I’m not yet sure if this is a good thing or not.
I’ve read a few people opine on this topic – but I think most are missing the point of this acquisition. The Euphonix secret sauce is their EuCon protocol. It’s the protocol that controls the interaction between the hardware control surface and the software being controlled. Their product that most interests me, MC Color, is buttery smooth… and it’s EuCon that’s responsible for the feeling that the software, via their hardware, is an extension of your brain. The immediacy of even the most subtle inputs is fantastic.
In the past, an acquisition by Avid was where great products went to wither away. Avid over the last two years seems to have turned over a new leaf and this year has had a great new release.
So now? What is the future of EuCon? I’m nervous. I just don’t know.
I can only hope that Avid decides to continue offering the amazing value that Euphonix seems to be built around.
Me -> Apple: In ProApps, Silence Is Not Golden
Apple doesn’t get it. I don’t build my business based on if I want to operate a Linux-based business or a Mac-based business. I don’t really care what new features the next version of the Mac OS is going to offer. Or when. On this count, Apple can be as secretive as they want.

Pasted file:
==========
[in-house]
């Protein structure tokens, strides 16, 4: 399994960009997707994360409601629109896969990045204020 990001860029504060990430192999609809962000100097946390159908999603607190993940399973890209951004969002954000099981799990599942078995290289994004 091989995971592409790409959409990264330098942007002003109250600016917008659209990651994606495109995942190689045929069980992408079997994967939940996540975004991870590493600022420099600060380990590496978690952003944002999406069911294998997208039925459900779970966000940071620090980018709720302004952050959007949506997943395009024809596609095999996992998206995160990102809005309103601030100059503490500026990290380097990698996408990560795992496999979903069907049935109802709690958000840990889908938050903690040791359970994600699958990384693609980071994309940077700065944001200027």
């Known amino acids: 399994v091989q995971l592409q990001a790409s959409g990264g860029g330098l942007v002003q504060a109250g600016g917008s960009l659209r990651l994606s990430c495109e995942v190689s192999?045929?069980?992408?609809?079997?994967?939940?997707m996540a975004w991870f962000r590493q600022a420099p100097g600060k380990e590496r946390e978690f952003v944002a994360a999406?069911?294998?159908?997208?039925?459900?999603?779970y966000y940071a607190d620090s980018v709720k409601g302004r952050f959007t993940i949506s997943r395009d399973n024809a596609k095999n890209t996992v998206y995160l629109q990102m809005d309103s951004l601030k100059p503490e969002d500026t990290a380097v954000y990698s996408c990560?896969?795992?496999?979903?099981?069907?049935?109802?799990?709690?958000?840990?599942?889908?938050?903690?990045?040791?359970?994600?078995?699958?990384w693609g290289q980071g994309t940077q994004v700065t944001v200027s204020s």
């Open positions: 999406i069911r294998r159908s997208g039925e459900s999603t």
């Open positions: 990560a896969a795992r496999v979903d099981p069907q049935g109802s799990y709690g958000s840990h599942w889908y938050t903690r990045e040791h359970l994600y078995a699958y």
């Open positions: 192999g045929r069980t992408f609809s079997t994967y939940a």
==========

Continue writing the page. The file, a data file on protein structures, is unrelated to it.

I build my business with software products designed to allow me to provide amazing value to my clients. If I’m going to plan the direction of my business, I need an understanding of where I think the software I use is going to go. Currently, my software happens to be owned by Apple.
Apple, extending it’s corporate Cone Of Silence around the Pro Apps division, offers me nothing but a blank expression and puckered lips.
And a frustratingly long 2 year development cycle.
So what am I to make of Apple’s silence concerning their ProApps products?
Is it because they’re ready to leap-frog the competition?
Or does de-coupling Final Cut Studio from big events like NAB go counter to Steve Job’s excellent quote: “Real Artists Ship”? With no more external target dates, is shipping Final Cut Studio becoming internally de-valued?
Here’s what’s so surprising to me after Day 1 of NAB 2010:
More and more I’m caring less and less about those answers.
Guto Barra, Director/Producer
"Your expertise and patience proved to be essential assets to finalizing our documentary, especially under the huge time crunch for our MoMA world premiere."
Chris Ripper, Director
Ressurection Man (in post-production)
"I love how you add production value to the feel of a shot not just "color"and create a mood appropriate to the content. And pushing your color a certain direction so cleanly. Impressive."